4 Key Elements / 4 Core Values in Agile Manifesto Speak Directly to Food Safety and Compliance [#Agile #AgileManifesto #Food]

4 Key Elements / 4 Core Values in Agile Manifesto Speak Directly to Food Safety and Compliance [#Agile #AgileManifesto #Food]

1. Agile Favors Individuals and Interactions
2. Agile Emphasizes Working Software Over Documentation
3. Customer Collaboration Is a Priority
4. Flexibility and Versatility Are Part of Structure of Agile

1. Agile Favors Individuals and Interactions
In agile manufacturing—also agile development—the operations are designed to put more emphasis on individuals and their interactions as opposed to the processes or tools adopted. This fact is important because it is the people who do the work and drive the entire industry, especially when it comes to certain foods and goods.

Agile manufacturing recognizes that the most difficult challenges are often overcome through face-to-face interactions. It is the more effective way to work.

2. Agile Emphasizes Working Software Over Documentation
In many industries—food and beverage being a key example—documentation reigns supreme, especially with complex processes or complex systems involved. A lots of time is placed on compiling the documentation, following up and conducting verification procedures.

Agile does away with a lot of the busywork. It does not eliminate documentation and the related processes but instead streamlines everything so that it is more actionable. In other words, the reporting process does not serve as a hindrance, slowing down everything else. Instead, it happens in parallel to everything else, presenting a much smoother output.

3. Customer Collaboration Is a Priority
Despite its reliance on consumer demands, the food industry is rife with regulation, compliance protocols and various standards. The focus is taken away from the consumer in many cases just to remain efficient and safe. This shift becomes increasingly apparent during contract negotiations with various partners and third parties.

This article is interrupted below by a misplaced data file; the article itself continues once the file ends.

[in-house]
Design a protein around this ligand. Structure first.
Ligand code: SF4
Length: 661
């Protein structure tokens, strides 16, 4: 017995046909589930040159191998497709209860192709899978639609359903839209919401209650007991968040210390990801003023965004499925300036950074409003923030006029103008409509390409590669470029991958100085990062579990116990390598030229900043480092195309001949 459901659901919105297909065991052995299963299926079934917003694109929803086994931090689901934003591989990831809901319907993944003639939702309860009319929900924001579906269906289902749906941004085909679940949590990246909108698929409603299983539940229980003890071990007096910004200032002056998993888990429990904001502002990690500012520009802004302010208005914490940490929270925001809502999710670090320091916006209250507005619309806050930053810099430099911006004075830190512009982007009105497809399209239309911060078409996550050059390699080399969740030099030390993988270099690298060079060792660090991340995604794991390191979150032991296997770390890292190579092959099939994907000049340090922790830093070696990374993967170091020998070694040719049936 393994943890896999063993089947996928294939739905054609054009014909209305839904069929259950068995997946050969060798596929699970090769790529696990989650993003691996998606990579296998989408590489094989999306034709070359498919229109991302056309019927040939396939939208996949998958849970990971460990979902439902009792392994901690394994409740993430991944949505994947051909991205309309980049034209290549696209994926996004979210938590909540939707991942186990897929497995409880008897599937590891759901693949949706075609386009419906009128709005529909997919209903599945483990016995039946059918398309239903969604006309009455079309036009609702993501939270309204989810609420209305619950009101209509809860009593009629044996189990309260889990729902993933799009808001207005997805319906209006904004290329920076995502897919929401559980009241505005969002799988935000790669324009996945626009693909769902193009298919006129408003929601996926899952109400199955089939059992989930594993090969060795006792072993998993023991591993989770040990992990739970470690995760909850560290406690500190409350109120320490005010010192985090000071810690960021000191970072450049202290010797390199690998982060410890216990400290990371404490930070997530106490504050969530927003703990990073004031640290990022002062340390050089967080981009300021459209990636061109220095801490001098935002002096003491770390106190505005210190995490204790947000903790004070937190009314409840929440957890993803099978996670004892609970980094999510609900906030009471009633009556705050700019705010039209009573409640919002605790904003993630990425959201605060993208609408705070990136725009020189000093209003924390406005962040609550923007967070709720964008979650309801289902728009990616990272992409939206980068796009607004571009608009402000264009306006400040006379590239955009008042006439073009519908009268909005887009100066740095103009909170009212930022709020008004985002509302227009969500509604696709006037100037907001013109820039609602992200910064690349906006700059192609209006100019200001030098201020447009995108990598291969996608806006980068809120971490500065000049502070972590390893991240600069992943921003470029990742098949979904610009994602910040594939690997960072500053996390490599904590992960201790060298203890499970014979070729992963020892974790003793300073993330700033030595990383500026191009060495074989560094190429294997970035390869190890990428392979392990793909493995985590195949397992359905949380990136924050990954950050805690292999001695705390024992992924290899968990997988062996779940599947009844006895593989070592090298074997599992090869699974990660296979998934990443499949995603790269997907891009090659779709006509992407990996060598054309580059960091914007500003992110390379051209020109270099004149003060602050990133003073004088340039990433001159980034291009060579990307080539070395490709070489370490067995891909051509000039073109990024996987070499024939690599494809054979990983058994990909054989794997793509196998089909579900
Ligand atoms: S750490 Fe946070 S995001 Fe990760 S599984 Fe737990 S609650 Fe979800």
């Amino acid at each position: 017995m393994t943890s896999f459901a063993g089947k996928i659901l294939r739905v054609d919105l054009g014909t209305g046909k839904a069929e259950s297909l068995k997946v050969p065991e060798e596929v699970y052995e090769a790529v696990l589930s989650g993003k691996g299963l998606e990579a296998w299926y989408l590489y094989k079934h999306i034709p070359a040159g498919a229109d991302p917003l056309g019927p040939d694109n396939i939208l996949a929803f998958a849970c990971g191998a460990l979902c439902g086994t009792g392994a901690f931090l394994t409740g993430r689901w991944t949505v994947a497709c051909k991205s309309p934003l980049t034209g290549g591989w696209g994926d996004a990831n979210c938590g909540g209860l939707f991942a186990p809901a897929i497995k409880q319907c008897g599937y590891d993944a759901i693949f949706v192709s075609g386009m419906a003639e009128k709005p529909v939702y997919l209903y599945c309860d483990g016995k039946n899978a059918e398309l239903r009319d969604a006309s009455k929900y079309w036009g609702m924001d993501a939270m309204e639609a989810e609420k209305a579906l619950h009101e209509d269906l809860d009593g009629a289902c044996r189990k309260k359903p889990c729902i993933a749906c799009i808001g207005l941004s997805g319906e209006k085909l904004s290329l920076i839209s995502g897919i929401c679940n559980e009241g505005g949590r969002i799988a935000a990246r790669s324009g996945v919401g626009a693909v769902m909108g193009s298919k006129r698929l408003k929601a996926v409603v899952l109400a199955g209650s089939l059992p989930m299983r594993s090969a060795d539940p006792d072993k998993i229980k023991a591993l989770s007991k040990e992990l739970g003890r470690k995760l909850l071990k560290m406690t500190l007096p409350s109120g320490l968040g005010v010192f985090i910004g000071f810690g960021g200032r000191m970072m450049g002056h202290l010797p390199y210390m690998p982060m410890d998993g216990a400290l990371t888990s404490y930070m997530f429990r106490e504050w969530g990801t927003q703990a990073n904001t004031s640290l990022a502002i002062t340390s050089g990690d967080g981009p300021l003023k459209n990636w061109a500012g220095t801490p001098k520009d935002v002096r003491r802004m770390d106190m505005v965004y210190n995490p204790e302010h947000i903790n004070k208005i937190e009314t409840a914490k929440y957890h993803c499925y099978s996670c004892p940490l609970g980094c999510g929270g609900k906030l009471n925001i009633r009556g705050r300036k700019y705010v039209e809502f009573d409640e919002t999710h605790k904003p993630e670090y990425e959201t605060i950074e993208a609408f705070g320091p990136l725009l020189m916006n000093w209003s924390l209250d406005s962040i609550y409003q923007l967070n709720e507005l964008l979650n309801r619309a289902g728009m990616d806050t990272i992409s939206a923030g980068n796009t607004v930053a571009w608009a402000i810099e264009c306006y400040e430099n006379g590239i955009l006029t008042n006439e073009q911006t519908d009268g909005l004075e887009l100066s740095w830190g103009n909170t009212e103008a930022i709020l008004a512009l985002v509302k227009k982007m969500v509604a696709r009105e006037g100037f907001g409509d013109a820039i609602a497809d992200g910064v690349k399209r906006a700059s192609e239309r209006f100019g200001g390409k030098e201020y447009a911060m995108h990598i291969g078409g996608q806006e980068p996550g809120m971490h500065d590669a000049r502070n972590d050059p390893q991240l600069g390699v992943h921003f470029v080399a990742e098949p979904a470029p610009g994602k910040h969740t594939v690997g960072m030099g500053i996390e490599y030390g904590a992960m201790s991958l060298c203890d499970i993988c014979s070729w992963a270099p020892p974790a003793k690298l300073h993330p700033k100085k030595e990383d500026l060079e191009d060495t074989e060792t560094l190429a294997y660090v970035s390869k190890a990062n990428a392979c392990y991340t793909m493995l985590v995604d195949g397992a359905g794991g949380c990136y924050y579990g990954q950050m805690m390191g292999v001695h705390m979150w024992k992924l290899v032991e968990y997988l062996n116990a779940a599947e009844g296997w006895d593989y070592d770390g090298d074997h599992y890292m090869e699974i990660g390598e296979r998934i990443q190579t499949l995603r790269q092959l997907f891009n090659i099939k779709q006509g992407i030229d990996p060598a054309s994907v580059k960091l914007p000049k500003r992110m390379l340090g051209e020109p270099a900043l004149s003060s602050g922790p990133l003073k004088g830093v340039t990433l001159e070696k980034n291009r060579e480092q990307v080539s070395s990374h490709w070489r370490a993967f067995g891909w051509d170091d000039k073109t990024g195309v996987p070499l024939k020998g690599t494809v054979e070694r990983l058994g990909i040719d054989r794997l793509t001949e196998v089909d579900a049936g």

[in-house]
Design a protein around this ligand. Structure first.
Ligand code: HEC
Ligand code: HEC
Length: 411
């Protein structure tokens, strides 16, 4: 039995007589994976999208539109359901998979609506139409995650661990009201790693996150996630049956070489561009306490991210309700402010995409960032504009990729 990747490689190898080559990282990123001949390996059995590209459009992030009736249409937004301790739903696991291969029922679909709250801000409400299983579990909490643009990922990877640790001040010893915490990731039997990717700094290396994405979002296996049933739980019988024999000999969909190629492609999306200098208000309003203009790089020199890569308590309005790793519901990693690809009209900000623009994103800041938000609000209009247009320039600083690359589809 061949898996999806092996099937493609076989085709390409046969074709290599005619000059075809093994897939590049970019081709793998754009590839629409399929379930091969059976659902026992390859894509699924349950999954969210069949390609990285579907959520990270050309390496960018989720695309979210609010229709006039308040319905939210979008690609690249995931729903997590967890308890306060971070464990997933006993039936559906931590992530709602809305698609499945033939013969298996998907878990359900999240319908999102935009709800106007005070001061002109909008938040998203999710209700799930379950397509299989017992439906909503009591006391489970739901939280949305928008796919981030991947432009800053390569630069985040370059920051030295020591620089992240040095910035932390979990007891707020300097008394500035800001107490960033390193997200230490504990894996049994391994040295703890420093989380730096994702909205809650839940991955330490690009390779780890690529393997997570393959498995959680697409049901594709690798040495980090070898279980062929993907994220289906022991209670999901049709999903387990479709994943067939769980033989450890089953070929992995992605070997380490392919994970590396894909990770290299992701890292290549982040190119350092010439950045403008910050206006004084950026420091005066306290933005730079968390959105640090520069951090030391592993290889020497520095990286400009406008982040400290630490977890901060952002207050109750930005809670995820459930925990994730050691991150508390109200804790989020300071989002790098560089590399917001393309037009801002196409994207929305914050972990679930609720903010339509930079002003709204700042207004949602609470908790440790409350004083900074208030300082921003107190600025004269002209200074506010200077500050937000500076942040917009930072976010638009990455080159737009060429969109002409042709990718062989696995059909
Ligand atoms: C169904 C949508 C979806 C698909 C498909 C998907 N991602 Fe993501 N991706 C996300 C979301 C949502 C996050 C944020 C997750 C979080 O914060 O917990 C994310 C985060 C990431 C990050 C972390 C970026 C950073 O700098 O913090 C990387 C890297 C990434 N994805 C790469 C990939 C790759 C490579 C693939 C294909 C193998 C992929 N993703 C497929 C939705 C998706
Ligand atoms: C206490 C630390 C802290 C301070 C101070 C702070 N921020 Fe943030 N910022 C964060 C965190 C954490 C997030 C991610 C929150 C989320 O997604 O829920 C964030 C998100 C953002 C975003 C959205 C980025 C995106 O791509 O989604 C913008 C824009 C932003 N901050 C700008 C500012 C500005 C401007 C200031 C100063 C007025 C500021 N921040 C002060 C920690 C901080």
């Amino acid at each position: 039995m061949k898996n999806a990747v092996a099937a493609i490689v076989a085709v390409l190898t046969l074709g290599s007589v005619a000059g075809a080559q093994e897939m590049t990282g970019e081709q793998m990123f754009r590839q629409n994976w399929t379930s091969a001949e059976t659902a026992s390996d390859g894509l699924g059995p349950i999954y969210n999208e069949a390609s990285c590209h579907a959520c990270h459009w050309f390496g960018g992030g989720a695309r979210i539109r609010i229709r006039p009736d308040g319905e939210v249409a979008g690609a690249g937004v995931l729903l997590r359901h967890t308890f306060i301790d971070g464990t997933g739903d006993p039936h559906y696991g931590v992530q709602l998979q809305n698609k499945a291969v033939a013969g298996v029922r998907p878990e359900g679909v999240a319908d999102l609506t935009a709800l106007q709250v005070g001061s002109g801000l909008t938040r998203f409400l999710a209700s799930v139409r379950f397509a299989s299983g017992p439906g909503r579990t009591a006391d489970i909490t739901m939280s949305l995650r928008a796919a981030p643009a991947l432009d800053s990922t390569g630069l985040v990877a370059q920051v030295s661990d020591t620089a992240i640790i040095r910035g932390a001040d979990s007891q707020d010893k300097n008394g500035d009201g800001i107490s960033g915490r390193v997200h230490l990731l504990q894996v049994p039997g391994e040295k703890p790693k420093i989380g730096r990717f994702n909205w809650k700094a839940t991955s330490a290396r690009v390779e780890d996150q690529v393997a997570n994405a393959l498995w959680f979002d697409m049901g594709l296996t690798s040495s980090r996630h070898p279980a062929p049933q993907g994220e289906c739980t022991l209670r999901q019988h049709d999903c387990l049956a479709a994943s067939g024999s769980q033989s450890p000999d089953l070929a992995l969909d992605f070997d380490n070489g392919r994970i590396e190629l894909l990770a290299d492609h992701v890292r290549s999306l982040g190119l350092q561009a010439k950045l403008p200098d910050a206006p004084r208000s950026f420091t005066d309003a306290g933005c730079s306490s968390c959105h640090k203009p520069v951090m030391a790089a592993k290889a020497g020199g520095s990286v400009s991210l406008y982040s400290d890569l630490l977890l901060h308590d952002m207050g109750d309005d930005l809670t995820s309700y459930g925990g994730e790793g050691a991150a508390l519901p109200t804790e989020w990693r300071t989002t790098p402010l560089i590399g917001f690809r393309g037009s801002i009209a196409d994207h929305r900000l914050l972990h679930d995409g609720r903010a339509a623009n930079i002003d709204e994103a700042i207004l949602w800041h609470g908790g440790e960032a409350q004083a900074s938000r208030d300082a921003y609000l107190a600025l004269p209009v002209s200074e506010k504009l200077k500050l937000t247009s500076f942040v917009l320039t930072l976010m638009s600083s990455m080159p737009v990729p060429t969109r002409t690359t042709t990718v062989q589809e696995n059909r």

Agile recognizes that the emphasis on customer relationships creates a healthier environment for all and also provides a competitive advantage. It takes the customer feedback process and applies insights to just about every internal process, but in an effective way. And it is all made possible with the help of modern technologies.

4. Flexibility and Versatility Are Part of Structure of Agile
Most methodologies or structured systems focus on building a plan and then sticking to that plan come what may. This philosophy does not work as well when you have a constantly shifting industry such as food and beverage.

Agile instead views market and demand change as something positive—as an opportunity to excel. In fact, with the right approach, that change can help provide increased value to a business or operation. Planning is not the enemy of Agile, but instead serves as a guideline for where to go rather than a permanent route or decision. In this way, Agile helps teams adapt to change faster and more openly than ever before while still remaining on track, eliminating delays that would put off a timely completion.

Agile based systems honor a more team-oriented approach to all aspects of an operation, allowing the skills and strengths of the entire team to shine through. Employees are empowered, gain much more value and have an incredible amount of influence over the entire operation. These changes are achieved primarily through a fostered culture that supports and encourages change.

Agile based methodologies honor excellence and streamlined culture that understands and truly speaks to the need for change. The future of the supply chain is headed in this direction anyway, with an emphasis on quality, accuracy and compliance.

Adapted From:
Can Agile Manufacturing Improve the Food Industry?
FoodSafetyTech

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